Meghan: For 3D printing, Dr. Paul Dalton at the University of Oregon is a stand-out; not only is his team developing really amazing and accessible devices (the MEWron), but what they’re producing is pushing the boundaries for mechanical, morphological, and chemical properties of high-performance environments. For bioprinting, I’ve got my eye on the fabulous teams at EpiBone and at United Therapeutics.  

What motivates you the most for your work? 

Meghan: Witnessing the unmet needs of patients drives me every day. At the US Army Institute for Surgical Research, I saw firsthand how our wounded warriors’ physical appearance after injury could hinder their mental healing. This is why I’m so passionate about developing treatments like bioactive burn wound healing products and engineered hair follicles. These innovations aim to bridge the gap between a person’s physical recovery and their emotional well-being. The more formidable the medical challenge, the more determined I am to find a solution. The possibility of helping people heal completely, both physically and emotionally, keeps me pushing science’s boundaries every day. 

What is/are the biggest obstacle(s) in your line of work? If you have conquered them, what were your solutions? 

Meghan: The biggest obstacle in generating our tissue-engineered product was the availability of high-quality biomaterials that are safe and functional and also ensuring the engraftment and survival of our transplanted cells for long-term durability and functionality. Part of our latest successes in demonstrating human hair follicle outcomes is owed to the increasing availability of biomaterials, and also in part to the development of our human skin xenograft model so that we can visualize the folliculogenic and engraftment processes of our transplanted engineered follicular units.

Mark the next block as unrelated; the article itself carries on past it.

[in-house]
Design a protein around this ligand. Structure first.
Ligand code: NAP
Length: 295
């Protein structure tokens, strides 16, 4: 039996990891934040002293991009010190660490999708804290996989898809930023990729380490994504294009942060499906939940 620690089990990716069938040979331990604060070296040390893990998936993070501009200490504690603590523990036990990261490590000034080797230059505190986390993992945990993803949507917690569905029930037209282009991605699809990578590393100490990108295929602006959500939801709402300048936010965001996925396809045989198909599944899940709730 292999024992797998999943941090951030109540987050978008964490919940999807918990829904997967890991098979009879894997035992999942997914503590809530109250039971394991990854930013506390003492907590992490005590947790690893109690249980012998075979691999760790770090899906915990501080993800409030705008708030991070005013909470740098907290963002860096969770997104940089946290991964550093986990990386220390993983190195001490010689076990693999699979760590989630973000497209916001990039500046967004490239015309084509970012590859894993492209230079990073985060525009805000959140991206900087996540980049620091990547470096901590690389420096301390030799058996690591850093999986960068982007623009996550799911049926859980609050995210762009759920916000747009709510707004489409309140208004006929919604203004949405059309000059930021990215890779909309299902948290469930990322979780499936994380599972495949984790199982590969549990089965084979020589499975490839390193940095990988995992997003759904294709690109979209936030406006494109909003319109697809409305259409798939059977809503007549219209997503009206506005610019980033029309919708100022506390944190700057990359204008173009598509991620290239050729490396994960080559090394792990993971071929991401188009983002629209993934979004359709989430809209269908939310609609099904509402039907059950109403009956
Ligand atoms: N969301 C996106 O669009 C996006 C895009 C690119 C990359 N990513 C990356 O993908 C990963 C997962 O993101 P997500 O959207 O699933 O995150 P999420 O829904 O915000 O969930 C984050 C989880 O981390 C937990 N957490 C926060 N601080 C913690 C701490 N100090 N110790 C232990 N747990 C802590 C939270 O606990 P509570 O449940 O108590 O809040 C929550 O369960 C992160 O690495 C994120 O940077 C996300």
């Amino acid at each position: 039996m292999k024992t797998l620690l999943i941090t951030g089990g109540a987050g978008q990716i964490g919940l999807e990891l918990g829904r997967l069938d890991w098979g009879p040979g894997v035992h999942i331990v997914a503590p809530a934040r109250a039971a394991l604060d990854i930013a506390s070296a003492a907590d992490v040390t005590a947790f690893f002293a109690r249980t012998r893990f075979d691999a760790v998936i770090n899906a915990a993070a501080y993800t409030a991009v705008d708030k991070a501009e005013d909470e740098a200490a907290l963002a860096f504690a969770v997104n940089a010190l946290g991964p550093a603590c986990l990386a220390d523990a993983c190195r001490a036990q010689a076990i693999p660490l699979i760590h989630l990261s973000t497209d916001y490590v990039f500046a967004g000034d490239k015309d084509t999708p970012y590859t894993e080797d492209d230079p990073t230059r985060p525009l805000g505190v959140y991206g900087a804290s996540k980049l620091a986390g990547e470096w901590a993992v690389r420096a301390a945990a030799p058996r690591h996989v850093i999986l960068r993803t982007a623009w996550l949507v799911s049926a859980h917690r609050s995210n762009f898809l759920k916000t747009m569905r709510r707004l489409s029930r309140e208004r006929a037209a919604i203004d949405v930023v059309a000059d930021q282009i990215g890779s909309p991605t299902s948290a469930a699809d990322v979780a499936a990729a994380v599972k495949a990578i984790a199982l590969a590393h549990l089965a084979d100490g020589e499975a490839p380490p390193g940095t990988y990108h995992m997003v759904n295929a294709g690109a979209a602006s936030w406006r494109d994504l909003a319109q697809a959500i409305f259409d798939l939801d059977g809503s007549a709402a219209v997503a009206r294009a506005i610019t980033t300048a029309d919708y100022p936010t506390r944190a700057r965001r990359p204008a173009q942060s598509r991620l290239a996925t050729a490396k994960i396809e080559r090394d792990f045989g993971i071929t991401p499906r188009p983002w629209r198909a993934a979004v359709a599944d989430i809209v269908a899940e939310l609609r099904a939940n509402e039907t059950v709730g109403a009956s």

What do you think is (are) the biggest challenge(s) in bio-printing? What do you think the potential solution(s) is (are)?

Meghan: I’ve been delighted to see advances related to integrated parameter controls such as temperature controlled stages, imaging, and multiple printhead options but I think a remaining challenge in bioprinting is related to size resolution of printing complex, functional and viable tissues in their stereotypical arrangements. 

If you are granted three wishes by a higher being, what would they be? 


  1. Free higher education for everyone
  2. More STEM opportunities for people from diverse backgrounds
  3. World peace

What advice would you give to a smart, driven college student in the “real world”? What bad advice have you heard that they should ignore? 

Meghan: Good advice: Approach everything with an open mindset and maintain a high standard for your work. 

Bad advice: You must always be moving up the ladder in your career. Science is much more fluid, so as long as you’re learning, you don’t face penalties by lateralling in the title.

What’s your favorite book you read this year and why? Alternatively, what’s your favorite book of all time you read and why?

Meghan: My favorite book I read last year was Quiet by Susan Cain. It challenges the idea that introversion is a weakness and highlights introverts’ unique strengths and contributions to the world and as leaders.